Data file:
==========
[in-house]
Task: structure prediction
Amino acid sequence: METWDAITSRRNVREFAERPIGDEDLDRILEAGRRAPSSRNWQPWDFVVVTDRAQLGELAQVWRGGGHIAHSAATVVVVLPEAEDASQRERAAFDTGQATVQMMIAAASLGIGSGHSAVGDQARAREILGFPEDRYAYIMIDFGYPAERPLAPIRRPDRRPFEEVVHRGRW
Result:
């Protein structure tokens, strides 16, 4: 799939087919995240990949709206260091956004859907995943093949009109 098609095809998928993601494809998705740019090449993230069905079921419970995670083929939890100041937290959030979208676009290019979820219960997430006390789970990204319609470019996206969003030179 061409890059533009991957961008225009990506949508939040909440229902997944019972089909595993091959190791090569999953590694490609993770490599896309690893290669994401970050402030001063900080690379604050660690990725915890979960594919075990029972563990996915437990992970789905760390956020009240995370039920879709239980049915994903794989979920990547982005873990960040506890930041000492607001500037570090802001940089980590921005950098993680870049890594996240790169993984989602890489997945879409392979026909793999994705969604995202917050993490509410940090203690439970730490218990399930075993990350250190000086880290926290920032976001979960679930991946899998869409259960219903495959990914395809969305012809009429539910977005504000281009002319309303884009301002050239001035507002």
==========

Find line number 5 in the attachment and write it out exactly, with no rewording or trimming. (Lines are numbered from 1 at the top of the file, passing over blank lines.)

């Protein structure tokens, strides 16, 4: 799939087919995240990949709206260091956004859907995943093949009109 098609095809998928993601494809998705740019090449993230069905079921419970995670083929939890100041937290959030979208676009290019979820219960997430006390789970990204319609470019996206969003030179 061409890059533009991957961008225009990506949508939040909440229902997944019972089909595993091959190791090569999953590694490609993770490599896309690893290669994401970050402030001063900080690379604050660690990725915890979960594919075990029972563990996915437990992970789905760390956020009240995370039920879709239980049915994903794989979920990547982005873990960040506890930041000492607001500037570090802001940089980590921005950098993680870049890594996240790169993984989602890489997945879409392979026909793999994705969604995202917050993490509410940090203690439970730490218990399930075993990350250190000086880290926290920032976001979960679930991946899998869409259960219903495959990914395809969305012809009429539910977005504000281009002319309303884009301002050239001035507002």